Black History Month is a time to pause and celebrate the achievements of African Americans. When I sat down to look for a strong, impactful, and inspirational African American woman to spotlight in my blog, the choices were abundant. I found women in technology, medicine, engineering, public policy, and many more who are all breaking down walls and shattering glass ceilings in their industries. It was hard to choose who I wanted to write about, and then I came across Lora Williams, a nurse in the Hays County, Texas, area near Austin.
At just 16 years old, Lora decided to become a Certified Nursing Assistant (CNA) so she could move home to Louisiana to help her aging grandparents. “In our culture, taking care of the elderly at home is just something we do,” she said.
Through her experience as a family caregiver, Lora realized her heart wanted to make a career out of helping the aging population. She went on to become an C.N.A. and has spent much of her career training others in her field. Lora says she has truly enjoyed that part of her work — helping others obtain education and knowledge to better their lives and impact the lives of others.
A dream becomes reality
Lora told me that the idea to start her career training school and nonprofit was 10 years in the making. She and her husband, Cedric, who is a HVAC Contractor, have always given back to the underprivileged. They both grew up in poverty and came out on the other side. They made it through and wanted to help others do the same.
In November 2020, right before the onset of the pandemic, they decided to bring their dream to fruition and launch The Williams Career School of Excellence. WCSE’s vision is to equip individuals and their families with the tools and skills that can lift them out of poverty, and ultimately position them to seek out further development opportunities throughout their lives. Lora and Cedric have always had the heart for helping at-risk youth, and fell in love with training and teaching their trades. WCSE puts their passions into action.
Launching a career training school and nonprofit during a pandemic could certainly seem like a risky move, but the timing couldn’t have been better. WCSE was designed to be virtual and flexible from the beginning. The school offers a variety of training programs, including Certified Nursing Assistant, Heating Ventilation Air Conditioning Tech, Phlebotomy Tech, CPR Certification and CNA Instructor. Classes are offered in-person, online or a combination of both. To learn more, visit: https://mywcse.com/.
When I asked Lora how much of the program can be done online, she said, “pretty much all of it. The virtual aspect is what keeps students in the program when life gets in the way.”
When life does get in the way, Lora and Cedric don’t leave their students to fail. They work with them to get back on track and pick up where they left off. In traditional schools, students might miss class due to babysitter issues, sickness, or weather, but at WCSE, they can just reschedule. The school is providing career opportunities for students whose futures are uncertain and while the school is a necessary tool, I am convinced it is Lora and Cedric’s heart for helping others that drives success in their students. It is apparent when speaking to Lora that the reason she began this journey 10 years ago was to help those in need, because she knows too well what it feels like to live in poverty.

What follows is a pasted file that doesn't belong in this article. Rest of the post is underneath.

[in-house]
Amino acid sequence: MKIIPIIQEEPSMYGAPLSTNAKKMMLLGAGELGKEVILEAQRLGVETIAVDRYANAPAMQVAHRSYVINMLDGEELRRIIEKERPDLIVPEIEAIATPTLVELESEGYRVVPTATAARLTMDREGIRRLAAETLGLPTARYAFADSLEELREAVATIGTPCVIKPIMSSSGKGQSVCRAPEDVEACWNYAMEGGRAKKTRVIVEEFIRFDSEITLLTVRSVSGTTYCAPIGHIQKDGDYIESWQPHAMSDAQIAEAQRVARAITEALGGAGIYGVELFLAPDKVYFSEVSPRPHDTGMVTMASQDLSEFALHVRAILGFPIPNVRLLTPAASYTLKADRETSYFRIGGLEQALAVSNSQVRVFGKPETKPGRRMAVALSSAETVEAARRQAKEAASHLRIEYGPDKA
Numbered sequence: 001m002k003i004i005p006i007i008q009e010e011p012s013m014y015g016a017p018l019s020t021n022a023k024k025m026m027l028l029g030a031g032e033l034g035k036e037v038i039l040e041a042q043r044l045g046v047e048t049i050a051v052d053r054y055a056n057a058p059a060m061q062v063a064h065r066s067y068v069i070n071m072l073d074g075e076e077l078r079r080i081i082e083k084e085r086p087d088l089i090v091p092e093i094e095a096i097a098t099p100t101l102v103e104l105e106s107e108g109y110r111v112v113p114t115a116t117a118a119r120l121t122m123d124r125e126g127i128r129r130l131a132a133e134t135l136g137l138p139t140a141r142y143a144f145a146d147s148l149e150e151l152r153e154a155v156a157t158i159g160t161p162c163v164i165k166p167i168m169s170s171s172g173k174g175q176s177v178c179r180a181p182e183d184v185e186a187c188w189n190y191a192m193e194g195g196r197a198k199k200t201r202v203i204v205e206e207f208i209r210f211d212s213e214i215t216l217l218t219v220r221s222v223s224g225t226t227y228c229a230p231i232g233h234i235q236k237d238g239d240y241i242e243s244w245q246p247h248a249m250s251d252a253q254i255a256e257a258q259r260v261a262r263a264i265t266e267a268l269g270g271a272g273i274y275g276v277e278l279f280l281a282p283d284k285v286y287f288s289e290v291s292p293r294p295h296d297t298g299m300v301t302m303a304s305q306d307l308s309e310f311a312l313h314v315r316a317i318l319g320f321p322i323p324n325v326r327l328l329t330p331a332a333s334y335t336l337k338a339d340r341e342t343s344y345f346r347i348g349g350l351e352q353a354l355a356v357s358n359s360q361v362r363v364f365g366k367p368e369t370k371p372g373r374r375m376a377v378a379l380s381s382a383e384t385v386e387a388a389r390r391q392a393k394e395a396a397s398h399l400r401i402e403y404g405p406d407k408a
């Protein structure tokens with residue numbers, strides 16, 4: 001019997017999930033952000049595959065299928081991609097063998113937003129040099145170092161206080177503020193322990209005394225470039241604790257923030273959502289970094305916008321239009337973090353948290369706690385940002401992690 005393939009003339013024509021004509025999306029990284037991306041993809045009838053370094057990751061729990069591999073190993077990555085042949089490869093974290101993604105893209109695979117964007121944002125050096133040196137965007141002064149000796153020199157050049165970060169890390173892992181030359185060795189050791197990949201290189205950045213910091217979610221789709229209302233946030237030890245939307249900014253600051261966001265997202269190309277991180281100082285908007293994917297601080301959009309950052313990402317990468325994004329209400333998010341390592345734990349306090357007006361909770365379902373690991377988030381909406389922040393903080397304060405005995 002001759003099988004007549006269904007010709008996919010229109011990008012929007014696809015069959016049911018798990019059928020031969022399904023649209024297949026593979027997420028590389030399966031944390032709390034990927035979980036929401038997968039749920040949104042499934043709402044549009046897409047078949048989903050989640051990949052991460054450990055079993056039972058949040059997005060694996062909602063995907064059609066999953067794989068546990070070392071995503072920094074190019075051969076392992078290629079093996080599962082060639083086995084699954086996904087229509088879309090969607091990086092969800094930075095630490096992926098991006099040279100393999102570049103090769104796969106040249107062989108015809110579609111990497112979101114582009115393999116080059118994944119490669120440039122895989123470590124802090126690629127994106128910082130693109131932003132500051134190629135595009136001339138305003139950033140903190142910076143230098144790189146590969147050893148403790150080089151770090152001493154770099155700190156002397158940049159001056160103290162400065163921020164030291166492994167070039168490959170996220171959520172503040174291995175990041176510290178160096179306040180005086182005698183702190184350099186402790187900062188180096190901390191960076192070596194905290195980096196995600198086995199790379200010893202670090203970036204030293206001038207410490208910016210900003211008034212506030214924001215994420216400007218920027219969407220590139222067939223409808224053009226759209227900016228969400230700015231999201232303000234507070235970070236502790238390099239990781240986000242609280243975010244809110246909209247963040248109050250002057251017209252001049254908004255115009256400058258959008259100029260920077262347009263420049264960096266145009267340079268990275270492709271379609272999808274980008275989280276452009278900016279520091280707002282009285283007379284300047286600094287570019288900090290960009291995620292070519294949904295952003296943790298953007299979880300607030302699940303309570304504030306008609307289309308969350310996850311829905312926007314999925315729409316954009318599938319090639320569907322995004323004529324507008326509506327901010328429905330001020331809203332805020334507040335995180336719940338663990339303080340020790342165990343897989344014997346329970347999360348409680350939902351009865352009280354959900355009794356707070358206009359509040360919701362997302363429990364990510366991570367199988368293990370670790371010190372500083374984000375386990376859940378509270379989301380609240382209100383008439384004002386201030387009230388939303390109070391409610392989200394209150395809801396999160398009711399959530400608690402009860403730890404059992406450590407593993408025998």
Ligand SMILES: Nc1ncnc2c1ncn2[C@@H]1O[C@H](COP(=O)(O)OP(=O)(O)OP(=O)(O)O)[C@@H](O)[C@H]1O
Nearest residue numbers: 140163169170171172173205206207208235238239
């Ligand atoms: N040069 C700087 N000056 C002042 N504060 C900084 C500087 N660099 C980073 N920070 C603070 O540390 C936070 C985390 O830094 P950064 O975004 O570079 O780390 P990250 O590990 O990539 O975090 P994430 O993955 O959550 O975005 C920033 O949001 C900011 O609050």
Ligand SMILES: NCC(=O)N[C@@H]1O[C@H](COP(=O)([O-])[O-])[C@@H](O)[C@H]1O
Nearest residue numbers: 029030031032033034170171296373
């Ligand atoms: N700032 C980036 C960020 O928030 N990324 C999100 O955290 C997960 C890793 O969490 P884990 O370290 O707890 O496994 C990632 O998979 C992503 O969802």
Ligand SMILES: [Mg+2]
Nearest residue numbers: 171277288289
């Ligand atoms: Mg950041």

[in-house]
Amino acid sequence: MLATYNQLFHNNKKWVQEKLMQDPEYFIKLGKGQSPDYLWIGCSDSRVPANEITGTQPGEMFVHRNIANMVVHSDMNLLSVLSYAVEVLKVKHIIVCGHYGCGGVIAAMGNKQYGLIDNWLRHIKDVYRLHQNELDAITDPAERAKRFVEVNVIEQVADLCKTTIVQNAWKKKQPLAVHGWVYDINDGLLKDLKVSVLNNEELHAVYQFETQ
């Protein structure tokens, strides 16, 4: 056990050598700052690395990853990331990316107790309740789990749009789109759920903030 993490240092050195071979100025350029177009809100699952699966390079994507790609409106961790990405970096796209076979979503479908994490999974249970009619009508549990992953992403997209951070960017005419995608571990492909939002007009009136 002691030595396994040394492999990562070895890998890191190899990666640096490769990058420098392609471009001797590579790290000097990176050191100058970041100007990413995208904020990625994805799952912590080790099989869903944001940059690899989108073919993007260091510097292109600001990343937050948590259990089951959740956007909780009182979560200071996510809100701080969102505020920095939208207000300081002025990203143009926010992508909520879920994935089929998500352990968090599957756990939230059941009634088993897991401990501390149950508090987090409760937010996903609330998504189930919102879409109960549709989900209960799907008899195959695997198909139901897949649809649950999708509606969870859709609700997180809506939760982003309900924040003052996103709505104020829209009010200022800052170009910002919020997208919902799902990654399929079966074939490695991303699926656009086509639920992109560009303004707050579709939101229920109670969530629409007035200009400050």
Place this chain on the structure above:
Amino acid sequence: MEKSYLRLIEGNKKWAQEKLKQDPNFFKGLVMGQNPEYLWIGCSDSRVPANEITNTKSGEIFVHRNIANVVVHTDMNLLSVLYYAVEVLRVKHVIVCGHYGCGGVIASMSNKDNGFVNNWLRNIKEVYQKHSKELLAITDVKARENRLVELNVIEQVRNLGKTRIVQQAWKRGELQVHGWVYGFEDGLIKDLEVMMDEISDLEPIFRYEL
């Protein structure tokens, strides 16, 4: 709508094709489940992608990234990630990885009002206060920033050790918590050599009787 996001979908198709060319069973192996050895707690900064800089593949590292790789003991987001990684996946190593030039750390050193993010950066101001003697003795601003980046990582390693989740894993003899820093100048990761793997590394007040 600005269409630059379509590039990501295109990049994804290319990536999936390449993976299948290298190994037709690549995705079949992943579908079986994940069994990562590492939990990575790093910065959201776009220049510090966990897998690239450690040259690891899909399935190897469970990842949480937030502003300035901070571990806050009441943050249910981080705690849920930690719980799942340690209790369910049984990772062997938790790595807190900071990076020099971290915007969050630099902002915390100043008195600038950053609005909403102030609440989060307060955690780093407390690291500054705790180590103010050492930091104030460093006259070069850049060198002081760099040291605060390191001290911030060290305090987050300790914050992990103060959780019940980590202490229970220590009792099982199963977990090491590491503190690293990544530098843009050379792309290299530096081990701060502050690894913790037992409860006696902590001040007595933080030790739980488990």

Connecting Hays County, Texas
Another reason Lora’s story drew me in is because of the community her nonprofit is serving. While Connected Nation Texas (CN Texas) has been working diligently throughout the Lone Star State to improve broadband access and adoption, one of the team’s current Community Engagement projects will focus on broadband in Hays County.
When I asked Lora about why she thinks reliable internet is important to her students, she said, “because they need it for flexibility. Without reliable internet access, opportunities can be limited.”
Much like Lora, our CN Texas team loves their state and wants to do everything they can to improve the quality of life for those living in it. That means improving internet access, increasing digital literacy, improving school connectivity and so much more.
Our Connected Community Engagements focus on understanding the broadband usage, access, needs, and pain points a community has and then providing them a Technology Action Plan. We survey residents and stakeholders in eight other sectors to learn all that we can about how the community is using the internet, and if they have sufficient access to it. Once we gather the data, in combination with detailed mapping done by our GIS team, we can offer the community a plan to move forward.
Lora is certainly doing her part to move the Hay County community forward, so it was easy to do a spotlight on her. She is smart, kind, generous, passionate, and has the drive to improve life for those who need it most. She believes everyone deserves a chance to succeed, a chance to break the cycle of poverty and excel in a career.
Lora, you are an inspiration, and with Cedric, you are changing the lives, one student at a time. We celebrate you during Black History Month and every other month because like you, we believe everyone deserves the chance to be the best they can be, and everyone belongs in a Connected Nation.
About the author: Ashley Pino is a Marketing Communications Specialist responsible for communications and marketing functions that broadly publicize Connected Nation (CN)’s mission, educate stakeholders on Digital Divide issues, and lead to new programs and projects that expand CN’s social impact.
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